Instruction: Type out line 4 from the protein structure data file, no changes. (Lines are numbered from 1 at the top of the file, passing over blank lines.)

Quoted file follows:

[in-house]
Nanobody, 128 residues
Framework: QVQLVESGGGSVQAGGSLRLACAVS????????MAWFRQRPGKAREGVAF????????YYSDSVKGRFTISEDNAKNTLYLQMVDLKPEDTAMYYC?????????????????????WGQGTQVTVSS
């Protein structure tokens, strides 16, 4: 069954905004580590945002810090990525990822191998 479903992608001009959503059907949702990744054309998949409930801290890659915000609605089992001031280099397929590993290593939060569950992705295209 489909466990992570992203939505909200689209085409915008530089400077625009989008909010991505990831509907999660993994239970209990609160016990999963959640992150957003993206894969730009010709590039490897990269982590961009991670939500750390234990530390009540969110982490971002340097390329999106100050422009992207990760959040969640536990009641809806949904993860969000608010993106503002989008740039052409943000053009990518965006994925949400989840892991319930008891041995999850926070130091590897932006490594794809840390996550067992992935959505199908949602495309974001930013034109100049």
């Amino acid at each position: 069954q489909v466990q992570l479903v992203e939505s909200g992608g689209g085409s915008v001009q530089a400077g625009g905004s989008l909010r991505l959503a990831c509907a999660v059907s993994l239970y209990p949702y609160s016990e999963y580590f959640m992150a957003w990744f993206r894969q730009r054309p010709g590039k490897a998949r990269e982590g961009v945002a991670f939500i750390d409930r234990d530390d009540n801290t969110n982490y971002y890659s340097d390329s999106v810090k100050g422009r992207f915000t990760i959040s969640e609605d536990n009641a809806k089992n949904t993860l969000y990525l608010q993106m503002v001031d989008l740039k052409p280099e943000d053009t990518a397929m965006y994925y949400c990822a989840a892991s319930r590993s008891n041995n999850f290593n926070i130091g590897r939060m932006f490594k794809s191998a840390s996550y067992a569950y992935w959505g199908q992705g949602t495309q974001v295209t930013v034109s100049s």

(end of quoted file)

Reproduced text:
């Protein structure tokens, strides 16, 4: 069954905004580590945002810090990525990822191998 479903992608001009959503059907949702990744054309998949409930801290890659915000609605089992001031280099397929590993290593939060569950992705295209 489909466990992570992203939505909200689209085409915008530089400077625009989008909010991505990831509907999660993994239970209990609160016990999963959640992150957003993206894969730009010709590039490897990269982590961009991670939500750390234990530390009540969110982490971002340097390329999106100050422009992207990760959040969640536990009641809806949904993860969000608010993106503002989008740039052409943000053009990518965006994925949400989840892991319930008891041995999850926070130091590897932006490594794809840390996550067992992935959505199908949602495309974001930013034109100049």